This song is about unexpectedly discovering a love that was so intense that he had no idea it was even possible. Because it is such a strong love, they doubt it and push it away because it seems impossible. “I’m never alone, and I’m alone all the time” implies that he is nothing more than an empty shell without her. “But when we rise, it’s like strawberry fields” implies that his reality is like a dream when he is with her. He merely pleads for more time when he says, “Don’t let the days pass.” He ultimately understands that he has lost and will always regret it at the song’s conclusion.

Glycerine by Bush – Songfacts

  • The song is about how the singer, Gavin Rossdale, feels when lead singer of American rock band Stone Temple Pilots Scott Weiland dies. “The concept of the song is that it’s impossible to replace anyone. And if you try to replace them, they’re never going to be like the original person,” Rossdale told.
  • The title given by Bush is “Glycerine”. Many people misheard this as “Jealousy” or “Jealous of You”.
  • It is a message to his fans that he can’t be replaced.
  • Bush frontman Gavin Rossdale wrote this song about his girlfriend, designer Pearl Lowe. She gave birth to their daughter Daisy in 2004, but in 2009 the child’s true paternity came to light. The girl’s godfather, Bush bassist Dave Parsons, was her real dad.
  • This was released as a CD single in 1995 and reached #4 in the UK. It was also featured on Bush’s debut album, Sixteen Stone.
  • In America this was released as a CD single and charted at #61 on the Hot 100 singles chart in 1996.
  • In January 2000 this won Kerrang! magazine’s award for Best Single of the Past 15 Years.
  • Bassist Dave Parsons told Songfacts about this song: “It was very much a lyrical piece as opposed to a musical one. We had it in our heads but we didn’t have anything down on paper or recorded. It was still embryonic when Gavin took it home and came up with the chorus.”
  • In an interview with MTV News, Gavin Rossdale explained: “The song is just me singing about stuff I see around me.”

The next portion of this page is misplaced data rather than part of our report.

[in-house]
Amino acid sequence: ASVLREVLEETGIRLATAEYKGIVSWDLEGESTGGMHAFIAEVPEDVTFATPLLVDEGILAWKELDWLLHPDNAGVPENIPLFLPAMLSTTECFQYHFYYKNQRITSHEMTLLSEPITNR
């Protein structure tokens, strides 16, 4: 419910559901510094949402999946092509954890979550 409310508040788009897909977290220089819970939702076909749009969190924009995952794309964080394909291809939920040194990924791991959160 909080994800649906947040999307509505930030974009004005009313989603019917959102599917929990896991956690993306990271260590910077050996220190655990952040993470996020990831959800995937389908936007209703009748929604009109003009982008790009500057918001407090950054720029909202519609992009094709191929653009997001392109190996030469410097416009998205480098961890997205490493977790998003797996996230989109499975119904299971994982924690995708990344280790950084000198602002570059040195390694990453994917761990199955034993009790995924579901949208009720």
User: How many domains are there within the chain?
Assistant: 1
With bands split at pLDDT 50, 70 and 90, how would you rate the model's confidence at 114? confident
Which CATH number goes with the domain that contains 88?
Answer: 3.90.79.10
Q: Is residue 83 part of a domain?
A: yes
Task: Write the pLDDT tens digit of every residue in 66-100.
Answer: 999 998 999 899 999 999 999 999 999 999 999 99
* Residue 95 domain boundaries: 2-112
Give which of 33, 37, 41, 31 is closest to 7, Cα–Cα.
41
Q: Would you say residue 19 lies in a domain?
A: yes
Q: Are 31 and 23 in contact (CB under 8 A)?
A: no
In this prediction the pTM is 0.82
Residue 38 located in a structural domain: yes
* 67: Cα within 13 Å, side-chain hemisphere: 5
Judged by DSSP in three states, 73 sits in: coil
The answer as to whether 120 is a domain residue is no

• According to urban legend, this song is about a man who died from injecting glycerin into his penis to make it grow. However, Gavin Rossdale has dismissed this interpretation of the lyrics as “ludicrous.”
  • The song mentions that something is “drifting into view through brown and purple sky.” The colors were inspired by a sunset over London during one of Rossdale’s drives home.
  • Despite generally mixed reviews of the album, critics loved “Glycerine.” Rolling Stone said it was “everything gorgeous about Bush,” while Spin said it was a song that would be on their “infinite repeat” list.
  • In this interview with Songfacts, Bush lead singer Gavin Rossdale revealed that the song is about a drug experience. He explained: “It’s a little bit like being psychotic or hallucinating or something like that. It’s kind of that state where you’re off in a world all your own and then subsequently realizing the pain and destruction that you leave in your wake.”
  • This features a sample from Kate Bush’s 1982 song “Running Up That Hill (A Deal With God). After using the sample, Bush made up with Kate and became friendly with her. Rossdale often sings lines from “Running Up That Hill” in concert.

«Glycerine» — Bush lyrics

It must be your skin, I’m sinkin’ inIt must be for real, ’cause now I can feelAnd I didn’t mind, it’s not my kindIt’s not my time, to wonder whyEverything gone white, everything’s greyNow you’re here, now you’re awayI don’t want this, remember thatI’ll never forget, where you’re at
Don’t let the days go byGlycerine, glycerine
I’m never alone, I’m alone all the timeAre you at one, or do you lieWe live in a wheel, where everyone stealsBut when we rise, it’s like strawberry fieldsIf I treated you bad, you’d bruise my faceCouldn’t love you more, you’ve got a beautiful taste
Don’t let the days go byCould have been easier on youI couldn’t change though I wanted toShould have been easier by threeOur old friend fear and you and meGlycerine, glycerineDon’t let the days go by, glycerineDon’t let the days go byAh, ah-ah-ah, ah-ah-ah-ah-ah-ah
Glycerine, glycerineOh, glycerine, glycerine
Bad moon whine againBad moon whine againAs she falls around me
I needed you more, we wanted us lessCould not kiss, just regressIt might just be clear, simple, and plainWell that’s just fine, that’s just one of my names
Don’t let the days go byCould’ve been easier on you you youGlycerine, glycerineGlycerine, glycerine